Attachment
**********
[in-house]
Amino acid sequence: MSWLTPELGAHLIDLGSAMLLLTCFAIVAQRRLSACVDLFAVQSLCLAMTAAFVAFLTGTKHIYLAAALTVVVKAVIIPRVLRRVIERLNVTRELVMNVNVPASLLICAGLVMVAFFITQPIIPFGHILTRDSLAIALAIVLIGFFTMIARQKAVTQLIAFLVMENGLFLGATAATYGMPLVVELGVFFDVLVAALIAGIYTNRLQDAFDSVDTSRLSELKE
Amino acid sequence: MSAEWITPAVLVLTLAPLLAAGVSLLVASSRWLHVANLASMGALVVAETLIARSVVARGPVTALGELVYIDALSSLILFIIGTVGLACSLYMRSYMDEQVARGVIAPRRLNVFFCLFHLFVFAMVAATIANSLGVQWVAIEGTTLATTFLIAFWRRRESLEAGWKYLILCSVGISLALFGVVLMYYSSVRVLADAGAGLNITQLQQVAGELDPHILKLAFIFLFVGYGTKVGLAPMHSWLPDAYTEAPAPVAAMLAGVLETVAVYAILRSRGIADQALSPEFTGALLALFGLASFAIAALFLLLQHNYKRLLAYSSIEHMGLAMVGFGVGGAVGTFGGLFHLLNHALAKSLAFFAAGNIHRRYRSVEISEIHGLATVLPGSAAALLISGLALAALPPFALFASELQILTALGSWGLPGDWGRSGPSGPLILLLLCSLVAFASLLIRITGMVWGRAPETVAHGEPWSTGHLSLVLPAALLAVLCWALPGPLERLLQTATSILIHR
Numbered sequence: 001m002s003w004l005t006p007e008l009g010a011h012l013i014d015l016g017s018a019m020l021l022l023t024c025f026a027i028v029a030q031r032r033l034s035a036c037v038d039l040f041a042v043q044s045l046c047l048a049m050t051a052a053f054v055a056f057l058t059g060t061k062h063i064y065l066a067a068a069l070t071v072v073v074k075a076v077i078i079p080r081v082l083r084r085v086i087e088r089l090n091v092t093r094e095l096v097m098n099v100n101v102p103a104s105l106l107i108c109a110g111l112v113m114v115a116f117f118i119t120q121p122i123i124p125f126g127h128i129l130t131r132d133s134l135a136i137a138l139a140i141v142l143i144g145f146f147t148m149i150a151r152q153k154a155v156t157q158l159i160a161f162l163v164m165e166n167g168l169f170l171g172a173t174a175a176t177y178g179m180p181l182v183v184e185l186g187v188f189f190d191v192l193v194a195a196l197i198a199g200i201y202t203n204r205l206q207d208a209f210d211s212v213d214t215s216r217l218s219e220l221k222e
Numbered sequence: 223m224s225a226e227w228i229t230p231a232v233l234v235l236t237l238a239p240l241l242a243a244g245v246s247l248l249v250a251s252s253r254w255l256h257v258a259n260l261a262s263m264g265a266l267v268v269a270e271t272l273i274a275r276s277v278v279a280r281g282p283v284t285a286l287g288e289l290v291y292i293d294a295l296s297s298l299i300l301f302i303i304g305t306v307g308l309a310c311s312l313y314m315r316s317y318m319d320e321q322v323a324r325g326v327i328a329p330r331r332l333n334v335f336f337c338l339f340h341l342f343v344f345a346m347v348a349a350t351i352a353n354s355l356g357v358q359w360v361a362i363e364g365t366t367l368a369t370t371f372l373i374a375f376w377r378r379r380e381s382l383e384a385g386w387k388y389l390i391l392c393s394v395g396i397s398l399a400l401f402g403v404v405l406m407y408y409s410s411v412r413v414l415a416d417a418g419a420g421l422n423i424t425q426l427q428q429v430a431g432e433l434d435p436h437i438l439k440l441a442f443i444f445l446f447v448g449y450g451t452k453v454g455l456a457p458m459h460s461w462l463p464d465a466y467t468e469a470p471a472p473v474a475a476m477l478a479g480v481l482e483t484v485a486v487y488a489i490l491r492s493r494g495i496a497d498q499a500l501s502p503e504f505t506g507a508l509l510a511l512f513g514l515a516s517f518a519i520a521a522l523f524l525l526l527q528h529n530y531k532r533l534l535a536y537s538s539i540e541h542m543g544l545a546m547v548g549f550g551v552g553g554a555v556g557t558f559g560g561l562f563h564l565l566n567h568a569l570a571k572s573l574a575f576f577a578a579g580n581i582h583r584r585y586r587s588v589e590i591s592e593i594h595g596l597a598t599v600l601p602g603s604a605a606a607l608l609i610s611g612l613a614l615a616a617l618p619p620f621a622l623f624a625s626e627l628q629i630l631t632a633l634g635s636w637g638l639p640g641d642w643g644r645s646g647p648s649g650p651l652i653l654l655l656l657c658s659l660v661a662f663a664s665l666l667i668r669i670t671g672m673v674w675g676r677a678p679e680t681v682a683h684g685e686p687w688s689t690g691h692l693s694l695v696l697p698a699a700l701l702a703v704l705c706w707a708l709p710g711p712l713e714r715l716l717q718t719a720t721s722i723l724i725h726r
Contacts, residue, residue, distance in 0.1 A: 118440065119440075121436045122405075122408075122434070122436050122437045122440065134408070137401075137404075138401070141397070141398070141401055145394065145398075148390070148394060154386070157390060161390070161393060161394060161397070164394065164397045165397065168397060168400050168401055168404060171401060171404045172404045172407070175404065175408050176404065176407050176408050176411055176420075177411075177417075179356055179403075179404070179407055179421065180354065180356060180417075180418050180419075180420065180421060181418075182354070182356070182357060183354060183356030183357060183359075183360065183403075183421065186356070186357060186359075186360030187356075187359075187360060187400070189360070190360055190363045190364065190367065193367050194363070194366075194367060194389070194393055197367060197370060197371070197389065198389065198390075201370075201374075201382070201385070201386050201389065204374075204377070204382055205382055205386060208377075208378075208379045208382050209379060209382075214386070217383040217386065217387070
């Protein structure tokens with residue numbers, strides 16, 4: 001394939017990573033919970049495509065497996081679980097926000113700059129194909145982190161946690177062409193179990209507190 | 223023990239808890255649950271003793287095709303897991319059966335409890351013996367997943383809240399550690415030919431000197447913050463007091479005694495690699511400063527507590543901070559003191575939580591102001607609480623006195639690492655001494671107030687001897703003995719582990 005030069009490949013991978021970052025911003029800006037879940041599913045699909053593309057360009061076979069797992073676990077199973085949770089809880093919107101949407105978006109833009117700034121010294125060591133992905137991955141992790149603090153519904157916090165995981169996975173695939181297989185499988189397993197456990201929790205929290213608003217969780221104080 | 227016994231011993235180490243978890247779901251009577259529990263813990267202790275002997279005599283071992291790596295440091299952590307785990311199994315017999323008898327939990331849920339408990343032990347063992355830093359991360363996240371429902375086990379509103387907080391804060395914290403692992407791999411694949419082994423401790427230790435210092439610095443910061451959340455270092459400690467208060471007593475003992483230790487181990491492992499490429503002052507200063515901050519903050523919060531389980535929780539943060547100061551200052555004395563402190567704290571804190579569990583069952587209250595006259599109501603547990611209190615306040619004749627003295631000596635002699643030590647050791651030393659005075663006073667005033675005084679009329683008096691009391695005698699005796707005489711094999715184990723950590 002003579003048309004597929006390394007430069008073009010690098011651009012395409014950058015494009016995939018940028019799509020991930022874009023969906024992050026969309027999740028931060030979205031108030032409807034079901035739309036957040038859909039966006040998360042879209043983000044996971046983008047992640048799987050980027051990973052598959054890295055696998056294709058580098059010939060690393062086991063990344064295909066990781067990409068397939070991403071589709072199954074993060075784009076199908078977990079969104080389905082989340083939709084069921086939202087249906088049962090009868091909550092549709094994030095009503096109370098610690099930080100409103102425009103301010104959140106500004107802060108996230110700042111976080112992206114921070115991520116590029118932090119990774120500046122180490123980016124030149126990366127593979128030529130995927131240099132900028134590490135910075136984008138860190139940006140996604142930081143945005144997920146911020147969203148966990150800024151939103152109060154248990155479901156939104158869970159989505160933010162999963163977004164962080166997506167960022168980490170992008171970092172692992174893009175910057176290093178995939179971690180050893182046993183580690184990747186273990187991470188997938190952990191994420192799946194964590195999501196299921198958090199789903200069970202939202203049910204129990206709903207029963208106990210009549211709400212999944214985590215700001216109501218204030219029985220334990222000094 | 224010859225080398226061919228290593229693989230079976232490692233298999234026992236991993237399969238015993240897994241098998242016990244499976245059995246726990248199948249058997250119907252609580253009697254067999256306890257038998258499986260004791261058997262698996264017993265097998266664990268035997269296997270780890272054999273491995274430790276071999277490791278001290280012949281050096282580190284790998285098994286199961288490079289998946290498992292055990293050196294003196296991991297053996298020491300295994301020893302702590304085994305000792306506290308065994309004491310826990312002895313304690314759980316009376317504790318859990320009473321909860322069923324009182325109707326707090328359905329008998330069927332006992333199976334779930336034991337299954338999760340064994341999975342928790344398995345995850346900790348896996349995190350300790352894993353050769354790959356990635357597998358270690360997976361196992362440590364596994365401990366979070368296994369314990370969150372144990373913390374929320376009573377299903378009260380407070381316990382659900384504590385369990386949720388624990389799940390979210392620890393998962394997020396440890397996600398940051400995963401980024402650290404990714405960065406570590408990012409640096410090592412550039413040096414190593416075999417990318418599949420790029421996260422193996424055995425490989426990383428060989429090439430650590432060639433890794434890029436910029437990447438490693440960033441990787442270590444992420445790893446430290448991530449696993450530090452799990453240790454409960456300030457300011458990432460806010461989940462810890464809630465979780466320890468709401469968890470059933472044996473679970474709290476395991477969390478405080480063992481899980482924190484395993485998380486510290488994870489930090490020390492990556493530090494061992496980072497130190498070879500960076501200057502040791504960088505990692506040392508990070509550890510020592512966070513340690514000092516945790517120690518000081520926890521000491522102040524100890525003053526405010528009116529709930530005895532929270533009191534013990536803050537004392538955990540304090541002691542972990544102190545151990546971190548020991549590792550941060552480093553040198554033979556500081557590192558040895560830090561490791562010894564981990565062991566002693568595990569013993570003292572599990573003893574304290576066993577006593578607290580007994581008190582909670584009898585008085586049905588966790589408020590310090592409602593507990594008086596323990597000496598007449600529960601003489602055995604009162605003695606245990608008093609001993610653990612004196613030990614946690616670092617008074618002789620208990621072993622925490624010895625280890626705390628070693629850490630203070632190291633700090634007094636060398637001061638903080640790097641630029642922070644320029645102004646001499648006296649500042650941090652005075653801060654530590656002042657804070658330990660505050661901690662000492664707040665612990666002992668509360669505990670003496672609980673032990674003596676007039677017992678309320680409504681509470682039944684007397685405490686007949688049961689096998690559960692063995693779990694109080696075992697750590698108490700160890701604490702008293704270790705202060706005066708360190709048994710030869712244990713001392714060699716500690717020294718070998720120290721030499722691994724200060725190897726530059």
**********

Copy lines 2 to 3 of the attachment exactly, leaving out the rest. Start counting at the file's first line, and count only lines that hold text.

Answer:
Amino acid sequence: MSWLTPELGAHLIDLGSAMLLLTCFAIVAQRRLSACVDLFAVQSLCLAMTAAFVAFLTGTKHIYLAAALTVVVKAVIIPRVLRRVIERLNVTRELVMNVNVPASLLICAGLVMVAFFITQPIIPFGHILTRDSLAIALAIVLIGFFTMIARQKAVTQLIAFLVMENGLFLGATAATYGMPLVVELGVFFDVLVAALIAGIYTNRLQDAFDSVDTSRLSELKE
Amino acid sequence: MSAEWITPAVLVLTLAPLLAAGVSLLVASSRWLHVANLASMGALVVAETLIARSVVARGPVTALGELVYIDALSSLILFIIGTVGLACSLYMRSYMDEQVARGVIAPRRLNVFFCLFHLFVFAMVAATIANSLGVQWVAIEGTTLATTFLIAFWRRRESLEAGWKYLILCSVGISLALFGVVLMYYSSVRVLADAGAGLNITQLQQVAGELDPHILKLAFIFLFVGYGTKVGLAPMHSWLPDAYTEAPAPVAAMLAGVLETVAVYAILRSRGIADQALSPEFTGALLALFGLASFAIAALFLLLQHNYKRLLAYSSIEHMGLAMVGFGVGGAVGTFGGLFHLLNHALAKSLAFFAAGNIHRRYRSVEISEIHGLATVLPGSAAALLISGLALAALPPFALFASELQILTALGSWGLPGDWGRSGPSGPLILLLLCSLVAFASLLIRITGMVWGRAPETVAHGEPWSTGHLSLVLPAALLAVLCWALPGPLERLLQTATSILIHR